In the recent decision Heimlick v Longley, the Saskatchewan Court of Queen's Bench considered for the first time since the updates to The Children's Law Act, 2020 and The Divorce Act whether secretly recorded interactions of one parent by another parent are admissible in family law proceedings.
The Law on Surreptitious Recordings in Family Law Proceedings
While there is no absolute rule against the admissibility of secret recordings as evidence in family law proceedings, the presumption is that these recordings are inadmissible. For surreptitious recordings to be admissible, they must meet a minimum threshold of being authentic, unaltered, relevant, and helpful to the Court. Compelling reasons to admit recordings into evidence include whether the recording discloses:
- serious misconduct by a parent;
- a significant risk to a child's safety or security; or
- a threat to another interest central to the need to do justice between the parties and the children.
Traditionally, the Saskatchewan Court of Queen's Bench has strongly discouraged parties from surreptitiously recording interactions in family law matters since they usually require context and interpretation, may only show a snippet of a larger interaction, and promote conflict and mistrust between parties, which can exacerbate, prolong, or raise the cost of family law litigation.
The recent updates to The Children's Law Act, 2020 and The Divorce Act now specifically require Judges to take family violence into consideration when assessing the best interests of the child in parenting orders.
The Facts of the Case
In this recent case, the mother made an application for variation of an existing parenting Order. The Order required the parties to each encourage the development of their child's relationship with the other parent. This requirement included a directive not to make, or allow others to make, derogatory comments about the other parent when the child was present.
Filed with the mother's affidavit was an exhibit. The exhibit was a USB stick containing secretly recorded phone calls between the mother and the father, as well as video recordings of the two parties taken during or following exchanges of the child. Some of these recordings were made by the mother herself while others were made by a neighbour. The father strongly objected to the use of these recordings as evidence.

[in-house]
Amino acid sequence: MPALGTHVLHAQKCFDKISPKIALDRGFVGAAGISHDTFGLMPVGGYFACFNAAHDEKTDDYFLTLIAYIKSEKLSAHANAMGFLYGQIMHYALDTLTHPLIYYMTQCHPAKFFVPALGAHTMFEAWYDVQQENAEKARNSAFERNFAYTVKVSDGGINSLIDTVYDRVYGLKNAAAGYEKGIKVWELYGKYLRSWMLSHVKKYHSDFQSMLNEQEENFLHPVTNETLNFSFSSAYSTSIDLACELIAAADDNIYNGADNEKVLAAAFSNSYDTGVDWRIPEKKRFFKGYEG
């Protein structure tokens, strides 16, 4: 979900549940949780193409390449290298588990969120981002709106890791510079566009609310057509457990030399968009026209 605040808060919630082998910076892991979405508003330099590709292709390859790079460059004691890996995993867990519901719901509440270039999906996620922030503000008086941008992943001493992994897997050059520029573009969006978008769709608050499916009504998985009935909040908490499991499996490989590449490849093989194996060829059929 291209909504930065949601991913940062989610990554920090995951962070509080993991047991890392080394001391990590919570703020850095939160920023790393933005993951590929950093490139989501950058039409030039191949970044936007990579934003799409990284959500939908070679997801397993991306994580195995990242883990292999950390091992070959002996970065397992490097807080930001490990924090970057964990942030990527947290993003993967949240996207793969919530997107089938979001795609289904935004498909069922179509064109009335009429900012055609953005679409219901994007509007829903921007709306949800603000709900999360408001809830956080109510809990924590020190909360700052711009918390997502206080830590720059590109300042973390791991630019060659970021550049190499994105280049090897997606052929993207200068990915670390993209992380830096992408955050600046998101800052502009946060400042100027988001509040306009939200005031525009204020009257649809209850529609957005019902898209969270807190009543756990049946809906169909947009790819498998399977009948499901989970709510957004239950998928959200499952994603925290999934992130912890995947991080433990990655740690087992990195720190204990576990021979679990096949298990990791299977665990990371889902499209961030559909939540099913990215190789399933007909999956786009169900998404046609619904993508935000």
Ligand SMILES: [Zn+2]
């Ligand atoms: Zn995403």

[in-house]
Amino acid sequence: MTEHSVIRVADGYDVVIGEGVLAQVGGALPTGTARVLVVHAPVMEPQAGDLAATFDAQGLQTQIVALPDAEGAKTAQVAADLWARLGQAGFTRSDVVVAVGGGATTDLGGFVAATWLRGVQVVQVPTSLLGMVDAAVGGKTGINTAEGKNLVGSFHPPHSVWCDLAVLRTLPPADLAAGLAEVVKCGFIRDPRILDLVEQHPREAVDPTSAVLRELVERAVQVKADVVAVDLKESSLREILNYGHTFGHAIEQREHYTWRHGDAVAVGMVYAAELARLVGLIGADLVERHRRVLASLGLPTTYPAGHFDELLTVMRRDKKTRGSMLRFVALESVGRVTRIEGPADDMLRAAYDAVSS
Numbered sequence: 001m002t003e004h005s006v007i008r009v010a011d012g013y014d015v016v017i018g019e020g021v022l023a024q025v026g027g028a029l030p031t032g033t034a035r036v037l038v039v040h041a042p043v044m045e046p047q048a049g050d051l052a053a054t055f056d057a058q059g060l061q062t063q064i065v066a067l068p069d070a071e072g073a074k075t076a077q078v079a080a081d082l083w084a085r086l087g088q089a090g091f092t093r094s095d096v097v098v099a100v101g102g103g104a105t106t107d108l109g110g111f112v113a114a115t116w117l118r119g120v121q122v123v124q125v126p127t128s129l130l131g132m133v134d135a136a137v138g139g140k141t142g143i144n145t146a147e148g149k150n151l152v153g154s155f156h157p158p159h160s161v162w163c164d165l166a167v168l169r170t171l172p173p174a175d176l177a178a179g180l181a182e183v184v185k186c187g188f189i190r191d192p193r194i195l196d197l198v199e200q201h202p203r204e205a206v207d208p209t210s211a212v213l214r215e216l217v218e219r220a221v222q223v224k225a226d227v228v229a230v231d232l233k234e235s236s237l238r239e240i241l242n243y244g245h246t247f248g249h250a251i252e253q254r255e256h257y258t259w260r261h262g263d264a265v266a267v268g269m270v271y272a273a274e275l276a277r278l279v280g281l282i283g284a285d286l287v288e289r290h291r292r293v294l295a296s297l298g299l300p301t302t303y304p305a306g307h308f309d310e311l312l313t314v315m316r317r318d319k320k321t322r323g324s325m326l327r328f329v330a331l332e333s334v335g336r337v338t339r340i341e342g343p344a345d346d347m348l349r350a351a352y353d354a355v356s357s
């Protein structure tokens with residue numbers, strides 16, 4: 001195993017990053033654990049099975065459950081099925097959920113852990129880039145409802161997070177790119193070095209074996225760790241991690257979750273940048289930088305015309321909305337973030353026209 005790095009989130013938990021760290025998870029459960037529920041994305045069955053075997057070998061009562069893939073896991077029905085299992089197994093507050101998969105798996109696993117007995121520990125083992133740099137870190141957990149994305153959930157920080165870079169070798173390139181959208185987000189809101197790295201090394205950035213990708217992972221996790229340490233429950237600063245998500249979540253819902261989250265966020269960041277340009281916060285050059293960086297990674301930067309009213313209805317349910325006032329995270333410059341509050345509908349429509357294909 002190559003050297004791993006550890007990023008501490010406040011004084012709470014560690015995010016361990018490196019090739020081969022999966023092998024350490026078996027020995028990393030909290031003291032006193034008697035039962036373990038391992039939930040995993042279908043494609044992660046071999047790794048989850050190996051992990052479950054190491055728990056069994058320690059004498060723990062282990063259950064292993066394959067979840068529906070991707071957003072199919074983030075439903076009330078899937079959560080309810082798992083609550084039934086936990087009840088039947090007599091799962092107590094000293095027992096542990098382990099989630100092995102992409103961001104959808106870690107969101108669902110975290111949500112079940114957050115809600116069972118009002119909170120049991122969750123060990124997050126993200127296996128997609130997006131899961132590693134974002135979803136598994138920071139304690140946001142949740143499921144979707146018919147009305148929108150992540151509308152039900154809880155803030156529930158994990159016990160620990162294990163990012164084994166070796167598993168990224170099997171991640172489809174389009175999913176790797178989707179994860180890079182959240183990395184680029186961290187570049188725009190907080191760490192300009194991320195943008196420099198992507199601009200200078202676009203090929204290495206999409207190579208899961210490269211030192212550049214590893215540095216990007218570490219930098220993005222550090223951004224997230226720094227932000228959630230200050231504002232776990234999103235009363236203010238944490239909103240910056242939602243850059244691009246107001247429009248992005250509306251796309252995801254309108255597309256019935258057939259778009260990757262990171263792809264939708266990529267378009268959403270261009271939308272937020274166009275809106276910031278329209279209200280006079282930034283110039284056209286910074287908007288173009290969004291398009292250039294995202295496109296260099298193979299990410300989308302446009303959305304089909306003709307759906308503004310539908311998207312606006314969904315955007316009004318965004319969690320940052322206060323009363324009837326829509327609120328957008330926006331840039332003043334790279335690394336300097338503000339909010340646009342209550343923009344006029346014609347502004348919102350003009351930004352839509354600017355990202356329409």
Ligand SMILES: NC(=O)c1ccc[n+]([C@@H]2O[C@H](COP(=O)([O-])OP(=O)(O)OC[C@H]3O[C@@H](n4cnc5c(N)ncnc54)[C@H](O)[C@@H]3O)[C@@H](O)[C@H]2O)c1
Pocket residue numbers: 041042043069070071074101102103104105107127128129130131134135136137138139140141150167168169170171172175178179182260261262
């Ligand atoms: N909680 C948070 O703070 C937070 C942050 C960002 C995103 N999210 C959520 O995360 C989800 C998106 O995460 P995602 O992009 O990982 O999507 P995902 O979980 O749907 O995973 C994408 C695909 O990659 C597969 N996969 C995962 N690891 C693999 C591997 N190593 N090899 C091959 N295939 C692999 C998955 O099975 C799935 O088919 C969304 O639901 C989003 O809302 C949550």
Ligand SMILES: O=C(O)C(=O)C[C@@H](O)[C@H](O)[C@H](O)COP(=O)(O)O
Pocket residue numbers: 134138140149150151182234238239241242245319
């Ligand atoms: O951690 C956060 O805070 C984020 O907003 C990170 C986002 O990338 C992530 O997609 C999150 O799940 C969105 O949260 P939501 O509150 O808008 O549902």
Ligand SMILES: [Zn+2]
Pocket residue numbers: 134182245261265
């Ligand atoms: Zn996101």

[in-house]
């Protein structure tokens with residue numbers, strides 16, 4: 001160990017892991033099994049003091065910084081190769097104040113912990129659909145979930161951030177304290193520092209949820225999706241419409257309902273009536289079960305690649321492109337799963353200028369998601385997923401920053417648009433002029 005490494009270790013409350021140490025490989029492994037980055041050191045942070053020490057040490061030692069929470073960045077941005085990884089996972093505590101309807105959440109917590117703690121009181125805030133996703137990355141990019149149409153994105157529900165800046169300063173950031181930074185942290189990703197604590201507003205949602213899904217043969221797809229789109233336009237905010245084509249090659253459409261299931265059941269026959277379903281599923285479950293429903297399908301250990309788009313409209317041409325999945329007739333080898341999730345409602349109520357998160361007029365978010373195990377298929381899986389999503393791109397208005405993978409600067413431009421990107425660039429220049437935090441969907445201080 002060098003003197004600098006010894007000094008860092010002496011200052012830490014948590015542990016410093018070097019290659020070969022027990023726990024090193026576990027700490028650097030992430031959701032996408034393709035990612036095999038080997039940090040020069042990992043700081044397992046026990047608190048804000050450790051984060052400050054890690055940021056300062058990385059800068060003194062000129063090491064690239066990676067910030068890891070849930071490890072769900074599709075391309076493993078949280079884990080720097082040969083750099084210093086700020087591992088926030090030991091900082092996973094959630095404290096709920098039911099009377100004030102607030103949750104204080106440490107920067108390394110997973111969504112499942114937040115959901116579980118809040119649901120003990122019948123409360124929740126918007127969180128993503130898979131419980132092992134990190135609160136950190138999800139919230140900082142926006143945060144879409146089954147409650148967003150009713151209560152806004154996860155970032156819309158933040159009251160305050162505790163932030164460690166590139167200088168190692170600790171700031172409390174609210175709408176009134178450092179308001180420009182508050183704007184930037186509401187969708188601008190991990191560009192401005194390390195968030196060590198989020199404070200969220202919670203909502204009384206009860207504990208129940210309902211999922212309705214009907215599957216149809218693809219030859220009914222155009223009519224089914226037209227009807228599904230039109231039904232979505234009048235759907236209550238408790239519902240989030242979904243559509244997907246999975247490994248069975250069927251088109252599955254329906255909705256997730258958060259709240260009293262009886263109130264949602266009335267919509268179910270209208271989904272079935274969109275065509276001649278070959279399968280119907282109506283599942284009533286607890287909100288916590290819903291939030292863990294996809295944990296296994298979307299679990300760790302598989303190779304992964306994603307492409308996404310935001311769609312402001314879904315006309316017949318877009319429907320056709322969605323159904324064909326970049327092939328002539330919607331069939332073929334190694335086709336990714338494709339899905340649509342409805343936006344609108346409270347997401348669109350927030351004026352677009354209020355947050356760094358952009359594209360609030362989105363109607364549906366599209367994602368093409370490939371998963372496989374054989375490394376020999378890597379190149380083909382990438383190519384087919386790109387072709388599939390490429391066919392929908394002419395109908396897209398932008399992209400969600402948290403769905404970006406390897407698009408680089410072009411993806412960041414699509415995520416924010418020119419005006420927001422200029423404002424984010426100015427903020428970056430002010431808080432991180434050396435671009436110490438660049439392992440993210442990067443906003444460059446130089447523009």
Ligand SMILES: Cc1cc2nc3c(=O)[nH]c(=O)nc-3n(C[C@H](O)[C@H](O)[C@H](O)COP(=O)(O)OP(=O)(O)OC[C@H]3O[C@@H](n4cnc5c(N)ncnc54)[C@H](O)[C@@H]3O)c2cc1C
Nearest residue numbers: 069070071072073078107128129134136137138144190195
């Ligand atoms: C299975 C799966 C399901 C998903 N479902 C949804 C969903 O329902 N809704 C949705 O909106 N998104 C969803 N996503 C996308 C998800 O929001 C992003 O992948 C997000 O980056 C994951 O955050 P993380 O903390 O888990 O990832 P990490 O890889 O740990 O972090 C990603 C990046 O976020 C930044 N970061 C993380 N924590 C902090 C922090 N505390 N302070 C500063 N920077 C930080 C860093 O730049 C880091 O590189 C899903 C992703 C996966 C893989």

The Judge's Analysis on the Admissibility of the Recordings
The Court allowed the recordings made by the mother to be admitted, but strongly rejected the recordings made by the neighbour.
The recordings made by the mother were found to be authentic and unaltered. The judge affirmed their value because they spoke to the issues raised by the application and provided evidence of domestic violence. The Court found that the recordings provided evidence of the father's behaviour and verbal conduct towards the mother and held that the mother's choice to record the parenting exchanges was notable in and of itself.
The Court also noted that the father was aware he was being recorded during these interactions and, more importantly, that they provided evidence of family violence relevant for the Court when assessing the best interests of the child.
On the other hand, the recordings made by the neighbour were found to be hearsay and deemed inadmissible. It was also noted that for policy reasons, admitting these recordings would have the negative effect of encouraging neighbours to involve themselves in parenting disputes by surreptitiously recording interactions between parties.
This case presents the first instance where a Saskatchewan court considered the admissibility of surreptitiously made recordings in family law proceedings since the passing of new legislation in 2020.
In order for surreptitious recordings to be admissible in family law proceedings they must meet a minimum threshold of being authentic, unaltered, relevant, and of probative value in that they provide evidence of serious misconduct by a parent, significant risk to a child's safety or security, or a threat to another interest central to the need to do justice between the parties and the children.
The content of this article is intended to provide a general guide to the subject matter. Specialist advice should be sought about your specific circumstances.